Mental health: The castle of glass

So as we all know Chester Bennington, the lead singer of Linkin Park, past away from suicide.


Now I don’t really think anyone will ever understand what Linkin Park meant to me. Linkin Park gave me strength when no one else can. When I felt left out, when I felt like no one would understand me, Linkin Park was there, Linkin Park did.

Songs like this:

Literally gave me strength when I was feeling knocked down, when I felt like I was feeling mocked in school, when I felt insignificant.

Or their song called Iridescent:

I remember listening to this in the car on repeat. The more I listened to it the more I let go of my problems. This song was my meditation.

The list goes on and on. Most of their songs have a special meaning to me. Most of their songs mark a part of my life. Most of their songs got me one step closer to where I am now, stronger and more confident than ever.

And now a piece of that is gone. Now we’re in pieces.



But the reason I wanted to make this entry is not about just what Chester meant tome. It’s broader than that. Another person has gone from mental illness. Another person has fallen into the trap that their mind has made them. Ironic, isn’t it? Our own minds devising these traps, working against us in the cruelest of ways.

I read a description about depression that I really liked. I wish I remembered who it was from, but here it goes: “When you’re depressed, you see things in the world around you. Everything moves normally, blissfully, nonchalantly. The sun goes up, days go by, everything seems normal, except there’s a twist. You’re trapped in a glass box. It’s bolted to the ground and no matter how hard you try you just can’t get out.”

Yet no one seems to notice, nothing seems to have changed. The world continues on blissfully without you.

That’s the only way I can imagine what Chester was feeling like. And not only Chester, but millions of people among us. I believe most people have gone through a similar phase at least once in their life. And then they got threw it. And they grew stronger from it. And they learned from it. But who’s to guarantee that it won’t happen again? And how many times can one take until they say enough?

This is why I decided to make this blog entry. Mental health awareness. There are few things worse in this world than feel like you’re trapped in a glass box. And most of the time we ourselves make it worse, why? Because we’re too afraid to communicate about it. Too embarrassed. I believe mental illness is still a huge taboo in our society. People are too ashamed to seek out for help. People are too ashamed to admit they’re imperfect.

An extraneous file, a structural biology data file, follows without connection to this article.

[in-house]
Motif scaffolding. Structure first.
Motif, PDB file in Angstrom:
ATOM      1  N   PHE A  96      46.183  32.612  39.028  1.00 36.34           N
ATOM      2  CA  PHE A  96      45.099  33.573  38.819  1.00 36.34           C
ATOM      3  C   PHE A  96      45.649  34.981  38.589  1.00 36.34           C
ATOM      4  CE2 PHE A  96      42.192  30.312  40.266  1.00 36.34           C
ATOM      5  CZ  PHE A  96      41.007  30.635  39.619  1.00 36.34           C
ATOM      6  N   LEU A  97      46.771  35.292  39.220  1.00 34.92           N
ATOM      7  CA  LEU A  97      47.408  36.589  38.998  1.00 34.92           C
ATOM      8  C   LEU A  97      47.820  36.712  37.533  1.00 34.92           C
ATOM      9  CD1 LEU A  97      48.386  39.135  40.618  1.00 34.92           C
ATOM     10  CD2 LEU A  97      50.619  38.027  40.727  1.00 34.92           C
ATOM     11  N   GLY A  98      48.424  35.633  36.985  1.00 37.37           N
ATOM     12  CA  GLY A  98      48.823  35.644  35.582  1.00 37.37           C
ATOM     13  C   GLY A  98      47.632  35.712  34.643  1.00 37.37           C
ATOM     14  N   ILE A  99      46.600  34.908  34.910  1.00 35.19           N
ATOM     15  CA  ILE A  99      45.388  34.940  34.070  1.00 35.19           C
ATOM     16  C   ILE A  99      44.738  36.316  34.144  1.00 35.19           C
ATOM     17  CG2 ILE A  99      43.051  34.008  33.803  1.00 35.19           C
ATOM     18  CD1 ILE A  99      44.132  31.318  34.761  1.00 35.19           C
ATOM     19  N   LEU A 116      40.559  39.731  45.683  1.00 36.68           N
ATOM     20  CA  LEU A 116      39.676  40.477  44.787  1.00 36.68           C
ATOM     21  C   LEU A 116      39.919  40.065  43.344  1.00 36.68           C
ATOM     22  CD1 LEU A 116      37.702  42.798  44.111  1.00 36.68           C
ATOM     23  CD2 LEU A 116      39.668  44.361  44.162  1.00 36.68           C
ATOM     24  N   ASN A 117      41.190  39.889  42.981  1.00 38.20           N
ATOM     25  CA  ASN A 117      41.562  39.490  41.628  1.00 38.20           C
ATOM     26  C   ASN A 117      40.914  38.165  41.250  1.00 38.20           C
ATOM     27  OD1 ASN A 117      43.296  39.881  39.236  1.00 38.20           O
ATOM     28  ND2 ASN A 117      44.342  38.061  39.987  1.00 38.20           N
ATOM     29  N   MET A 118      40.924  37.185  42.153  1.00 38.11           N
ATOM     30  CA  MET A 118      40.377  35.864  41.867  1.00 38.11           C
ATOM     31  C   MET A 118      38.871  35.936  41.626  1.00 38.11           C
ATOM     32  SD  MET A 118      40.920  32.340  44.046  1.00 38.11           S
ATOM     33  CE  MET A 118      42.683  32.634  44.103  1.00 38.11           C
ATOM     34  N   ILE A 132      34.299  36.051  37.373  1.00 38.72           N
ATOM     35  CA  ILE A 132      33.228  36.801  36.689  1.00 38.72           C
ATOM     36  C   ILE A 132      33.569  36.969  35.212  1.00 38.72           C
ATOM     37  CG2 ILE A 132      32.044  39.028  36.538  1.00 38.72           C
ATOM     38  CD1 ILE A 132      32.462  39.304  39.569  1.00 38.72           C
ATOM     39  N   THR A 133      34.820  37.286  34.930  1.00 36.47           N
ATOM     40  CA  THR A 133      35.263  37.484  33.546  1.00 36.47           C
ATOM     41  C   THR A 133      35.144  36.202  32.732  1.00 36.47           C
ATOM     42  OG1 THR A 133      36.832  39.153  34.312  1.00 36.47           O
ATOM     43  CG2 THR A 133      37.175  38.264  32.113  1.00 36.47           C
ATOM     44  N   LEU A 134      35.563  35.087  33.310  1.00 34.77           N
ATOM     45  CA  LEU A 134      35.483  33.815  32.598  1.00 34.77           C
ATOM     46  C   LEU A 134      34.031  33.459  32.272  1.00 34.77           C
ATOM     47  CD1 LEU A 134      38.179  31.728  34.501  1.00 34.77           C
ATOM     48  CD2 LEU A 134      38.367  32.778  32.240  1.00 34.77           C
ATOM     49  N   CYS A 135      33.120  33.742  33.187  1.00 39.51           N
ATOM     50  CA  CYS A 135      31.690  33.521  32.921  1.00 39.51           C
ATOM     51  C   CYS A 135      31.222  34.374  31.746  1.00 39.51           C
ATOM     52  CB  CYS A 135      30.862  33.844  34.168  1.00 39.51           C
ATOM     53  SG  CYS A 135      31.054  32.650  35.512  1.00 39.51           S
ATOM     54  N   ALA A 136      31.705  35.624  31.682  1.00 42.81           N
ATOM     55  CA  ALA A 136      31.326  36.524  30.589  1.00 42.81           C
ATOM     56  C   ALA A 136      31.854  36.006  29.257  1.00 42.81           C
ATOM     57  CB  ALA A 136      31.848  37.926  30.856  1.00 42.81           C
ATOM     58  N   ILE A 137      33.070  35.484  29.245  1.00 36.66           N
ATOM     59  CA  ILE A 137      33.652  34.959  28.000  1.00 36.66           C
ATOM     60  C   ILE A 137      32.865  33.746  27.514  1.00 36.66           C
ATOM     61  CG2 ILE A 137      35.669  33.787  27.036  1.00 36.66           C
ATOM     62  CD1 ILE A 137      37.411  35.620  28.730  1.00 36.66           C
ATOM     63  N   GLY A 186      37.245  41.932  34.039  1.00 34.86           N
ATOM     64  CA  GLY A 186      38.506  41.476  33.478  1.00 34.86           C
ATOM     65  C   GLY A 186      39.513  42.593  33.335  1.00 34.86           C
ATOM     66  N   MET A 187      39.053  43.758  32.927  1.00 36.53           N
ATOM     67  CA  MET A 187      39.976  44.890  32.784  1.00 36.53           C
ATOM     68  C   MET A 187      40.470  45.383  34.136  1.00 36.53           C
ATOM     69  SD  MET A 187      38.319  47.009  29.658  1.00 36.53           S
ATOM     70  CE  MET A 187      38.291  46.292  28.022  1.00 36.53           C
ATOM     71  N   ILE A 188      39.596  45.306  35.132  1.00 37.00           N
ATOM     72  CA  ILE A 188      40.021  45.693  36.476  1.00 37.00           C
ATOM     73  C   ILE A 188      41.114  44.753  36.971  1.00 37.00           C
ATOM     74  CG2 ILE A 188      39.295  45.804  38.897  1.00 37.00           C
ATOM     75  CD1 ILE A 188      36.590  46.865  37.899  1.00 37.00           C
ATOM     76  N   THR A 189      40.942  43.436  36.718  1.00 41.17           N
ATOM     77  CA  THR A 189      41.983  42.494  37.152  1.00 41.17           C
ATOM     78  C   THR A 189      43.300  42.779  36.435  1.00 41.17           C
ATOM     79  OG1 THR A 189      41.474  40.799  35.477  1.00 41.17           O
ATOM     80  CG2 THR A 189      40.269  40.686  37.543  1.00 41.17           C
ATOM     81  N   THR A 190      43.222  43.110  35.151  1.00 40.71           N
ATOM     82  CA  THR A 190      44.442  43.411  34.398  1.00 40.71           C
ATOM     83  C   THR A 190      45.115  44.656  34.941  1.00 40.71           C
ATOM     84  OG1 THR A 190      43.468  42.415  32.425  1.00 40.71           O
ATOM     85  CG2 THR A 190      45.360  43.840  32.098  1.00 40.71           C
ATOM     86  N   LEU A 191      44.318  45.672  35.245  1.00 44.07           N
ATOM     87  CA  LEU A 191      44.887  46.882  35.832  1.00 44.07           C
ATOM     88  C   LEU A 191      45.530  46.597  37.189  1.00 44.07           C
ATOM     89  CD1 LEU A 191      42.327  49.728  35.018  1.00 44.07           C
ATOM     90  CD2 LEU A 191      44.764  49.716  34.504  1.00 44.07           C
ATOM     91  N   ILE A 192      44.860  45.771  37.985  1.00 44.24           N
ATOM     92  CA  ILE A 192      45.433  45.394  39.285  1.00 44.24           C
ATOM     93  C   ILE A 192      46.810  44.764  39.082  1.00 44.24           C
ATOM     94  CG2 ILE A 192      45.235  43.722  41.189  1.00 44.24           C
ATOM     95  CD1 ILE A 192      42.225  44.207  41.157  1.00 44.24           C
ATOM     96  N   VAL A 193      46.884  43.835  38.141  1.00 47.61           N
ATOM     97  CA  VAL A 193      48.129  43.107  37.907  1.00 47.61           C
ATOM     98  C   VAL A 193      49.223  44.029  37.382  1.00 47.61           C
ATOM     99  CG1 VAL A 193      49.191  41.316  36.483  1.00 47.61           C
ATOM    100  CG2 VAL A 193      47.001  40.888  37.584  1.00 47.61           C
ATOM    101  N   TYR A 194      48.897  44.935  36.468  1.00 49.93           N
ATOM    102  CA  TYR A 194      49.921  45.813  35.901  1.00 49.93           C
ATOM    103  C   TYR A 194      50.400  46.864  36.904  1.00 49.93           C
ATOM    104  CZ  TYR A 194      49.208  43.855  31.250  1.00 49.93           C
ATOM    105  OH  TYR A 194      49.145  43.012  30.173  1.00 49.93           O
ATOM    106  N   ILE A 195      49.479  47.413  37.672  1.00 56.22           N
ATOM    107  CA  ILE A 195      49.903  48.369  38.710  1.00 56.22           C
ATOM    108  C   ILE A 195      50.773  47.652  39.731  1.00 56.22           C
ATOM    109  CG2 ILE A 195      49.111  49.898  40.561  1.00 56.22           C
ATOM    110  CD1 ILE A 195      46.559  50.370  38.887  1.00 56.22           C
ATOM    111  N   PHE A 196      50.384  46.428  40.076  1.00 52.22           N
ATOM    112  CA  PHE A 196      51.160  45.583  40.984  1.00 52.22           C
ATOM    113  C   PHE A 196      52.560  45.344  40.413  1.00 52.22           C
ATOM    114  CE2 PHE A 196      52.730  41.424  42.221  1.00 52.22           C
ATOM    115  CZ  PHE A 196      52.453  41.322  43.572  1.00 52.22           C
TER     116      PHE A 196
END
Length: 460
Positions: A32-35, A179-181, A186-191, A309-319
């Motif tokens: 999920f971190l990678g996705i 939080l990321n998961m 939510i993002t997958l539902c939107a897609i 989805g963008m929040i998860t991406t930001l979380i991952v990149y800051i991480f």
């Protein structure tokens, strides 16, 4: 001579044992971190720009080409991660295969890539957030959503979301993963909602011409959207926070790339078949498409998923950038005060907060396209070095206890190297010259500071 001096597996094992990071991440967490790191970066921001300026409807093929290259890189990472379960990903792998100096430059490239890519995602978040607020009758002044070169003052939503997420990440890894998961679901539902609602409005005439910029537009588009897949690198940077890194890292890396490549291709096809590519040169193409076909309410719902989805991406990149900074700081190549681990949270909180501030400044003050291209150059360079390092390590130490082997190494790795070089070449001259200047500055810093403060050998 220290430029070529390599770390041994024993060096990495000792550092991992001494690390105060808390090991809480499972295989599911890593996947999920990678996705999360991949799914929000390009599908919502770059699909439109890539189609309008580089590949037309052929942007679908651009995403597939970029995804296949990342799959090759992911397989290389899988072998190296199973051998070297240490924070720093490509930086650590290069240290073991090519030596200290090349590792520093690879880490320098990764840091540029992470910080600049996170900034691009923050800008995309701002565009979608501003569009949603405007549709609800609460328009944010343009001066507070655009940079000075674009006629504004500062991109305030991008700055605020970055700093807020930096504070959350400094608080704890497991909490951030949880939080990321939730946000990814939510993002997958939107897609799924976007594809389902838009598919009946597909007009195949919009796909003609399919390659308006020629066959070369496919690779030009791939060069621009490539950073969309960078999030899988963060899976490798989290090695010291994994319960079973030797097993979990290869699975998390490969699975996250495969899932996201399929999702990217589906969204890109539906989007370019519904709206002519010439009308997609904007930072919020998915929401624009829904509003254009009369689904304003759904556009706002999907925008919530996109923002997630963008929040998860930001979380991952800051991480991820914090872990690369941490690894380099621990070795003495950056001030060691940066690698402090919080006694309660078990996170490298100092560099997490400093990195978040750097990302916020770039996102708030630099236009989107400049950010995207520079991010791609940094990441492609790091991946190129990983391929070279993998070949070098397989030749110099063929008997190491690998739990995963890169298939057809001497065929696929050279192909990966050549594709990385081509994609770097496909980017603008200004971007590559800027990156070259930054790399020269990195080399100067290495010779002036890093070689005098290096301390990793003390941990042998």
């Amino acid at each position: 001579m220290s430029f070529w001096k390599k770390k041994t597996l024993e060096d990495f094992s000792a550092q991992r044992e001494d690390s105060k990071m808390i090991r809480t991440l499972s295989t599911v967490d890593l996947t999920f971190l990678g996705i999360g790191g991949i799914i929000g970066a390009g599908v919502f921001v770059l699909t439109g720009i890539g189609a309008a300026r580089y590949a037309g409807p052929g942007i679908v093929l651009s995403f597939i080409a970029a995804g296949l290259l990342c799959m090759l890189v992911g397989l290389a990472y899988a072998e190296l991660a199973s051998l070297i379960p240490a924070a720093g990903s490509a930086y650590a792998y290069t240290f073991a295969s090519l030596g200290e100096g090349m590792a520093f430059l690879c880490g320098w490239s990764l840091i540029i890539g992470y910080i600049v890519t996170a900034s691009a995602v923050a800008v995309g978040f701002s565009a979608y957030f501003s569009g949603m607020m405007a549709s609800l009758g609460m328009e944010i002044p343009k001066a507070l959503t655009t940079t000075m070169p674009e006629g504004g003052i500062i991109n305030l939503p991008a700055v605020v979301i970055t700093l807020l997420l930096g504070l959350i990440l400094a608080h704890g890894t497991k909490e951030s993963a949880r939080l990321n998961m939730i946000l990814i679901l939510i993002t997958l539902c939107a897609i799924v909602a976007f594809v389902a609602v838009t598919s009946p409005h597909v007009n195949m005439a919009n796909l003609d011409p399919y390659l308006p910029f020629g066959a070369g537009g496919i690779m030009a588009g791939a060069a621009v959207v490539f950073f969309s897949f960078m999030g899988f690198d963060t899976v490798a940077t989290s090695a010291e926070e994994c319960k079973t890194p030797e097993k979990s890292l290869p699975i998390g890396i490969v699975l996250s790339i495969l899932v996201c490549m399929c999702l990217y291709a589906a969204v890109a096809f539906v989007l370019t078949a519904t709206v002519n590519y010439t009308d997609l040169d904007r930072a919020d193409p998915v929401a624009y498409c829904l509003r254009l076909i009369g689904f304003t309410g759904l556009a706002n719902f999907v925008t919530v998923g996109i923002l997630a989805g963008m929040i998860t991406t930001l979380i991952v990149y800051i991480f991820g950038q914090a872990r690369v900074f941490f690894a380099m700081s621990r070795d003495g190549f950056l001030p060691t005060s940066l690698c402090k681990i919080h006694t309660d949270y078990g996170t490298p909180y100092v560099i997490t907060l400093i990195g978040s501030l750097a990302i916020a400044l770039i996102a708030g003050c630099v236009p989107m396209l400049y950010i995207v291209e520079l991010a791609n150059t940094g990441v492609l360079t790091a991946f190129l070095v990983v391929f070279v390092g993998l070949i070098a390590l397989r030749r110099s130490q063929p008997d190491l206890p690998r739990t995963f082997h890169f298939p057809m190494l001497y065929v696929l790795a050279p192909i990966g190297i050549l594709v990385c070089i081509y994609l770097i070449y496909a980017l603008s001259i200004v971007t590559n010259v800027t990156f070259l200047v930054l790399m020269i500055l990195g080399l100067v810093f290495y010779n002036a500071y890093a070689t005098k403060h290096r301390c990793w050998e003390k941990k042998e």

But of course, we live in a society where being perfect is all that’s broadcasted. Rich people, beautiful people, successful people, perfect movie stars, perfect rock stars… Oh right. But wait, I mean, why shouldn’t they be happy? They’ve got it all, money, looks, fame, right? They should be ashamed that they’re unhappy, right?

Wrong. You know why? Because our standards are wrong. I believe it’s about time we start re-evaluating our ideas of the perfect person. Beauty, money… It’s all loads of bs. And people like Chester Bennington, Chris Cornell, Kurt Cobain… They’re the proof we need. In fact, I believe people that are happy just because of good looks and money are the ones with true mental illness, a mental illness called narcissism. Being happy and being obnoxious is not the same thing.

For me, real happiness comes from accepting your flaws. Real happiness means accepting that being perfect means being imperfect. Real happiness is knowing that both good and bad times are transitional. Real happiness means not looking away from hard times, not turning your head in the other direction, but standing there, accepting it, accepting that life is not black and white, it’s grey, and you can’t have a rainbow without rain (hashtag promotion of my blog: The rain). 

So please, please, if you’re feeling down, please let that energy out, write a damn blog, talk about it, and if people don’t understand, find new people. If people belittle your problems, saying things like other people have it worse, just remember that mental health is just like physical health. Just because others may have worse problems doesn’t mean that you’re problems aren’t worth looking into. Turn your disadvantage into an advantage, find an outlet for that energy, run, write songs. Trust me, you will turn out 1000 times better than those obnoxious brats you once admired.

Chester and the rest of Linkin Park helped us through hard times, now it’s our turn to continue his legacy and help each other.




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